has it passed through your mind, passerby, to pass through this passage?

2019, intervention in the garden of the Saint-Séverin church (Paris) / words stamped on the leaves of trees / installation in the window of the Saint-Séverin gallery.

On the leaves of the chestnut trees and other trees in the cloister garden of the church of Saint-Séverin, the words of a poem were stamped with indelible ink. For a while, the trees carried these words, until the leaves fell off. Scattered by the wind, the leaves carried with them the words of the poem:

Passant, penses-tu passer par ce passage
Où pensant, j’ai passé ?
Si tu n’y penses pas, passant, tu n’es pas sage
Car en n’y pensant pas, tu te verras passé.

(has it passed through your mind, passer-by / to pass through this passage / Where thinking, I have passed? / If you don’t think about it, passer-by, you are not wise / Because by not thinking about it, you will see yourself passed.)

Written by an anonymous author, at an unknown date, this poem was located near a small door of the cloister overlooking the rue de la Parcheminerie, and then disappeared at the beginning of the 19th century due to the works carried out on the galleries of the church.

The history of this inscription was reported in Emile Wiriot’s book “Paris de la Seine à la Cité Universitaire : le Quartier St.-Jacques et les quartiers voisins, leurs transformations à travers les siècles.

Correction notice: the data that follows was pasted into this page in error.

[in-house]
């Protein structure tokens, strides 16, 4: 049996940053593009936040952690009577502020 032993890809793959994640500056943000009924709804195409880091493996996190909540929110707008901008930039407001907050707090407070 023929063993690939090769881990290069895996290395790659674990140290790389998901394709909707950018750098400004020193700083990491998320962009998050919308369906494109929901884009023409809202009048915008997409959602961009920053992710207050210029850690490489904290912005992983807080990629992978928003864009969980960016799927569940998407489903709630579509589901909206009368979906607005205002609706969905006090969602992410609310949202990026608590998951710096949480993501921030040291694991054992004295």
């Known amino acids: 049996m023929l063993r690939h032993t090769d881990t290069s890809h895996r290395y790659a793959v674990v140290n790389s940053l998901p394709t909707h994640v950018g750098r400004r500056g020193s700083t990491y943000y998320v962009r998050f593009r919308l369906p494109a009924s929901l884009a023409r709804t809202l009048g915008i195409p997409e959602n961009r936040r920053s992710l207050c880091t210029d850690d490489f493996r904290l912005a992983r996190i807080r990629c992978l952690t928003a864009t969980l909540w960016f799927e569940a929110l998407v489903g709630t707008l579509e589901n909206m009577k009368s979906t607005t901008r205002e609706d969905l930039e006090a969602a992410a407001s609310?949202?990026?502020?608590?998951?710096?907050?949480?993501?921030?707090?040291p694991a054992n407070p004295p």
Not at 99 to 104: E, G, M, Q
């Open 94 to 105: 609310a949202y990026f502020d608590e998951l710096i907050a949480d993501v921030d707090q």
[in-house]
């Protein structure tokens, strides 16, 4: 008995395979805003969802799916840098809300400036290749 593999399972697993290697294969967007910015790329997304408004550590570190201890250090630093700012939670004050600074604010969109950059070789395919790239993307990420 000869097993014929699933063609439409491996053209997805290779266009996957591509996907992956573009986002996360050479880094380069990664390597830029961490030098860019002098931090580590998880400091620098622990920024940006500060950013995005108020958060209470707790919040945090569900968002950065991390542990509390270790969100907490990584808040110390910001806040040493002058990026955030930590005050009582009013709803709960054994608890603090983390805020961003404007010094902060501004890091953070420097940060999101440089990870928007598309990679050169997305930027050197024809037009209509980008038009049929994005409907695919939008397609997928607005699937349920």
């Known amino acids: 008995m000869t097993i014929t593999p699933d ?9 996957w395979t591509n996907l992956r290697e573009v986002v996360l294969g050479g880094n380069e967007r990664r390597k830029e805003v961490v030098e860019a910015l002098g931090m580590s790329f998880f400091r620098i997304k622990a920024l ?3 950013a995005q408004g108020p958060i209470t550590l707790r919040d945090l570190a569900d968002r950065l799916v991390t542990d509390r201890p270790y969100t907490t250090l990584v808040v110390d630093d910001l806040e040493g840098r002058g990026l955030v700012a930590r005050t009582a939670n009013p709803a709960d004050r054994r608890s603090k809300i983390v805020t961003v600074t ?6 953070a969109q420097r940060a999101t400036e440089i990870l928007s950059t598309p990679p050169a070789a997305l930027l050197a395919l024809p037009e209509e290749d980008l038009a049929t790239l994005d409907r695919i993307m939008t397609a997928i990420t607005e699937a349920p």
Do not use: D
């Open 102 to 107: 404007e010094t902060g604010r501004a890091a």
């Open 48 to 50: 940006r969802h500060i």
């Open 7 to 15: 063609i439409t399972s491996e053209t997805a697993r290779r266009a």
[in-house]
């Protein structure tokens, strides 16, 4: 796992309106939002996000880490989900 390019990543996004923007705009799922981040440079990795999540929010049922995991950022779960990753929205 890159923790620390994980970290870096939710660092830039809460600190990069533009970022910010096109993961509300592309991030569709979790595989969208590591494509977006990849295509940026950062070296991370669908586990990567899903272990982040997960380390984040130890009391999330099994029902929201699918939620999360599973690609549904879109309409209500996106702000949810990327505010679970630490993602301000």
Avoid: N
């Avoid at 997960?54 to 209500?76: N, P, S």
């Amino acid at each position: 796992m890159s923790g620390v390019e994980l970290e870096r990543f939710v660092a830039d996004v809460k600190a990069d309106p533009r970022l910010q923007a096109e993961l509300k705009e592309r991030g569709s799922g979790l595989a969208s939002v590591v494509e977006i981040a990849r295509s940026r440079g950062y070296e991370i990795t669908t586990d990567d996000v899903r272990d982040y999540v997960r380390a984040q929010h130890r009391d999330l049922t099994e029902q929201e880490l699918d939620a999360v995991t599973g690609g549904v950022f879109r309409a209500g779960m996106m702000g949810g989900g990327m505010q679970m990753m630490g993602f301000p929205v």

“But it disappeared from their gaze” – by Alicia Knock (curator of the exhibition)

Estefanía Peñafiel Loaiza treats the window of the Saint Séverin gallery as a dark room. The ghostly trace of migrants’ bodies recorded by surveillance cameras at the border between Mexico and the United States is revealed. The passage of the bodies “to be identified” is stopped by the process of the artist, who rephotographs the sequence here by leaving the shutter of the camera open, allowing him to take the ” setting ” of the camera: a harmless and melancholic landscape (torn by two lines of barbed wire), only ” haunted ” by the passage of the bodies. Thus defused from their repressive context, these images of “non-identity”, where the body only imprints its trembling, plunge the individuals into an intermediate space of anonymity, between protection and disappearance. At the foot of the image, the artist has tattooed on the leaves of the trees of the adjacent church garden, the verses of a poem appearing on a disappeared inscription, mentioned in the history of the transformation of the church in the 19th century. This poem scattered on the passage, offered to the seasonal migrations of the trees of the adjacent garden, extends the image of the window while reactivating the memory of the historical displacements of the place. Through the impromptu superposition of negatives – shadow on shadow – the migrant paradoxically becomes one with the passer-by. The persistent gaze of the photograph may only indicate its capacity to inscribe the loss, while the fluid gaze of the passer-by, the one to flush out with all its weight the shared experience of its own disappearance.

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